More is Not Always Better
One of the athletes we work with shared this feedback with us in their recent training block review. It compared the programming they did prior to working with us with what they have been doing the last 5 months:
“At first, I thought the amount programmed was too little, but this was because I was doing a lot of sets, reps, and different exercises before and not warming up enough on the main lifts. Now I see that the programming is the right amount and good for making gains.”
Research has shown that there is a dose-response relationship between volume and hypertrophy and volume and strength. This means in general, more volume leads to more strength and muscle gains. However, this is highly individualized, and more is not better in all cases, and more can actually lead to decreased results. So part of the art of programming/coaching is finding the appropriate amount of work for the individual, and knowing when to change this over time.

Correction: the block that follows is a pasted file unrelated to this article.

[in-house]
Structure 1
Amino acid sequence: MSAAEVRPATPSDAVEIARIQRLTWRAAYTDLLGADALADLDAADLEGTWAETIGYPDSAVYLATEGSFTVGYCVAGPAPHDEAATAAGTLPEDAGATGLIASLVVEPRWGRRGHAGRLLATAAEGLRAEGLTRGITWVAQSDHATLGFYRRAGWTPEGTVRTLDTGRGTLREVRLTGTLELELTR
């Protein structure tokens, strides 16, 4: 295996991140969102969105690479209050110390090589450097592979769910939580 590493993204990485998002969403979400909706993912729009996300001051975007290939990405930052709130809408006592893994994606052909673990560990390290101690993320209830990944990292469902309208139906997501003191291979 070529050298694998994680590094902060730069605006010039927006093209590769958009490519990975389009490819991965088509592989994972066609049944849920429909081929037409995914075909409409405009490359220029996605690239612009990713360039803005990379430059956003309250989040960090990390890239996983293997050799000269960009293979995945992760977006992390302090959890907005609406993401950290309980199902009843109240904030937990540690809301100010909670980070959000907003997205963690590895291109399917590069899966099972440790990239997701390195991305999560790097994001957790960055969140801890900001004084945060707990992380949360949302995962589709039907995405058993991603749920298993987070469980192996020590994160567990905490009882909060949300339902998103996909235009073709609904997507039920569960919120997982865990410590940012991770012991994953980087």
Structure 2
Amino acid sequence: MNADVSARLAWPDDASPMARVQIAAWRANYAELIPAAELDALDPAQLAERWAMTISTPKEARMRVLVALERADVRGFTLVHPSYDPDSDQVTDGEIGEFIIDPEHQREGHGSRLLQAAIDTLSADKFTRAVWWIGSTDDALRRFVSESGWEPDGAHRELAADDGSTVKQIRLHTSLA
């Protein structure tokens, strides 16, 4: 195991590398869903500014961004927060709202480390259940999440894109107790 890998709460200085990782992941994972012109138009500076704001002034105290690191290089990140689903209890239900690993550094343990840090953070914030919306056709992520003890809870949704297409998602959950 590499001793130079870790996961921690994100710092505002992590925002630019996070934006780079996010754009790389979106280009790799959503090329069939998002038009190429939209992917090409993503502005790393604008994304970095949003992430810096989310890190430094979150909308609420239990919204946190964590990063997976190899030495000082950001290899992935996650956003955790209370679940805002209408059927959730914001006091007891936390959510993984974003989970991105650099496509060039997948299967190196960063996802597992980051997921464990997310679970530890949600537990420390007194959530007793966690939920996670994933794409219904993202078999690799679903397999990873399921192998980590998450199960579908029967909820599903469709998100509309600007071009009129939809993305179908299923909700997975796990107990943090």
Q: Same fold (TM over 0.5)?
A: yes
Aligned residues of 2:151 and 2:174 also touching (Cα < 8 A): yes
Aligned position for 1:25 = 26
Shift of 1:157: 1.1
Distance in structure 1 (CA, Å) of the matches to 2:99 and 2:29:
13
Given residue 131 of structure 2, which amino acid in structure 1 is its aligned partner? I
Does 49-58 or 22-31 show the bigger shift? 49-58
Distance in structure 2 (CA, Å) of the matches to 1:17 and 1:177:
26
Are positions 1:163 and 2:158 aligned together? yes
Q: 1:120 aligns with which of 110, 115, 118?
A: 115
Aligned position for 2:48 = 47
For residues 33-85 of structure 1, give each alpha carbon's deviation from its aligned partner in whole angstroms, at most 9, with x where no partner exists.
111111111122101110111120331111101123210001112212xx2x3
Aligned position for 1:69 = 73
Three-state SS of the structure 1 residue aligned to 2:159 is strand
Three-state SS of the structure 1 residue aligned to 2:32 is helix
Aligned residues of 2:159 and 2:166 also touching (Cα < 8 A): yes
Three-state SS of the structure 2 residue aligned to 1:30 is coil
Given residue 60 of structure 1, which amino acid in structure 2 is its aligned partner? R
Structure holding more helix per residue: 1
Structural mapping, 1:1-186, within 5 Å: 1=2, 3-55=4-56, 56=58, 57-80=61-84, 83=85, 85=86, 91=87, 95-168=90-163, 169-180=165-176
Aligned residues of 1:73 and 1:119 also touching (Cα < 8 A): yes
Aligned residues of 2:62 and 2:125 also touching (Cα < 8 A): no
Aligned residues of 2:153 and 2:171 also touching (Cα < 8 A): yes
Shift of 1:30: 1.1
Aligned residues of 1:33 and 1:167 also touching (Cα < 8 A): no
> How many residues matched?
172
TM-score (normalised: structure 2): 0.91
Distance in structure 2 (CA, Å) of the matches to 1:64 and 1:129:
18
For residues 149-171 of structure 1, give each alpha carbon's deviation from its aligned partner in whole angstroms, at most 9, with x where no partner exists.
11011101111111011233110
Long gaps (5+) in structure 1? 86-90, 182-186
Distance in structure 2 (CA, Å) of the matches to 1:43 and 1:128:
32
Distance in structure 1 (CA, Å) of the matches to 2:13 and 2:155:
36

A critical component to this process is collecting athlete feedback. We actually started this athlete on a higher frequency/volume layout based on what they were doing prior to working with us. We pulled back the amount of work as a result of feedback from the athlete. We communicated the change in programming, reasons for the change, and the plan to build up work capacity over time. Since then, over the last 5 months the athlete has flourished under the revised layout, shattering all of their previous PRs.
 Schoenfield BJ, Ogborn D, Krieger JW. Dose-Response Relationship Between Weekly Resistance Training Volume and Increases in Muscle Mass: A Systematic Review and Meta-Analysis. Journal of Sports Science. 2017 Jun;35(11):1073-1082.
 Ralston GW, Kilgore L, Wyatt FB, Baker JS. The Effect of Weekly Set Volume on Strength Gain: A Meta-Analysis. Sports Medicine. 2017 Dec;47(12):2585-2601.
 Damas F, Barcelos C, Nodbrega S, Ugrinowitsch C, Lixandrao M, Manoel E, Santos L, Conceicao M, Vechin F, Libardi C. Individual Muscle Hypertrophy and Strength Responses to High vs. Low Resistance Training Frequencies. The Journal of Strength & Conditioning Research. 2019 Apr;33(4):897-901.